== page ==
Finland is already known as an expensive tourist destination, Finns and specially Finnish families often travel abroad because domestic tourism is more expensive.

If we make sure the service is worth of higher prices when promoting it abroad – higher prices could be one solution. Maybe there could be other prices for domestic visitors? I have written about nature based luxury experiences and pricing in this previous post: Yes – we have Luxury Tourism in Finland

I also agree those who are telling us not to worry  about masstourism in Finland; we have plenty of pace  and no risk to become a masstourism destination. It´s not about masstourism but about overtourism in our case. I recommend to read the article at the end of this post for not to confuse with the definitions.

Tourism is hospitality industry where human meets human

To offer Premium level Customer Service (new luxury) highly skilled professionals are needed and at this moment there is lack of employees in Finnish Tourism industry. Hospitality enterprices refuse to pay higher salaries and offer better living conditions for seasonal employees because of bad marging. Political decisions to support the industry, high standard education and very good management is needed.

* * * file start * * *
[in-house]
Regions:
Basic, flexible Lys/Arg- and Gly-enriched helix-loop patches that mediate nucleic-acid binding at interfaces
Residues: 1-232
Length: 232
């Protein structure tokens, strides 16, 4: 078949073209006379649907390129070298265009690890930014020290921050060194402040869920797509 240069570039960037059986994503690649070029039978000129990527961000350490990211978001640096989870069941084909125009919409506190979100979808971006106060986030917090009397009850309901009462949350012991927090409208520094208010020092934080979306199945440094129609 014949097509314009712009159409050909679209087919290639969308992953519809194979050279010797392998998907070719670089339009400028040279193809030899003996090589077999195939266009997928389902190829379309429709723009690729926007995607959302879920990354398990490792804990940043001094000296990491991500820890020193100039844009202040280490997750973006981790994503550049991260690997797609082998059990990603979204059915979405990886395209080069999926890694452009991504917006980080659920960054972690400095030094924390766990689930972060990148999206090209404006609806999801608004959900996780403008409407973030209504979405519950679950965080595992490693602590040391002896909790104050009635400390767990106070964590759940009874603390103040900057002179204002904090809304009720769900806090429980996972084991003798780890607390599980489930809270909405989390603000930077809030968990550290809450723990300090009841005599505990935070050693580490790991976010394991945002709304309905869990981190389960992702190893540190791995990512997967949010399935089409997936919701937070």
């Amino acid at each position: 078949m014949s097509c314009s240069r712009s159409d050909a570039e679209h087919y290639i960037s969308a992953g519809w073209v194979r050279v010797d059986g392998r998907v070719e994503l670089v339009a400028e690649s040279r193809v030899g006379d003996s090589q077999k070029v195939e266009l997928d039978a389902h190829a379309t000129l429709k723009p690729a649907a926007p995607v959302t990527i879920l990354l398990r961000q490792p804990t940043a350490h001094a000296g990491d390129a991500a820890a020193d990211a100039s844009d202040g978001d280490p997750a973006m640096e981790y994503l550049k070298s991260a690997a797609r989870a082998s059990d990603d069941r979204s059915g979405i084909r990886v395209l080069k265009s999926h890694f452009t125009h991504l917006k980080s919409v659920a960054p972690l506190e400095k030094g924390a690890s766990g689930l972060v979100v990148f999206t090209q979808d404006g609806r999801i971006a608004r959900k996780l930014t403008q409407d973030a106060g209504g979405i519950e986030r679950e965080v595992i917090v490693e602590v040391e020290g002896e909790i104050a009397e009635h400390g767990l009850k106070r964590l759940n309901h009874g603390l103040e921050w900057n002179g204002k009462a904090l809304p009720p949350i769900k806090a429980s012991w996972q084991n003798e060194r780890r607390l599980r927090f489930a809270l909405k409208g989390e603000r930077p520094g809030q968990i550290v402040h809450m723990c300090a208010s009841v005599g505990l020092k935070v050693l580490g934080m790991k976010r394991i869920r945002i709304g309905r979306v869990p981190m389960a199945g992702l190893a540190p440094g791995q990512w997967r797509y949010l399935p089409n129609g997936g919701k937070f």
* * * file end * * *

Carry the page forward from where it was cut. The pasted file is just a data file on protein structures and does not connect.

One of the projects to find solutions is the one funded by The Economic Affairs and Employment of Finland called Matkailudiili ( Tourism deal). Please, read more about it here in English: Tourism deal

So – what´s my point in all this?

I would like to point out, that Responsible way should be the only way to develop Tourism. Responsibility is about making human decisions, respect the local and understand that where ever we travel, the time and skills of the Service providers and resources of the experiences should be paid, because Tourism is industry and profession.

In Finland we need to take special care of our nature. In many destinations where overtourism is recognized as a problem, the problems have started from the sights free of charge – because that´s the way to be as a local – finding the places where the locals are – and over time they get overcrowded.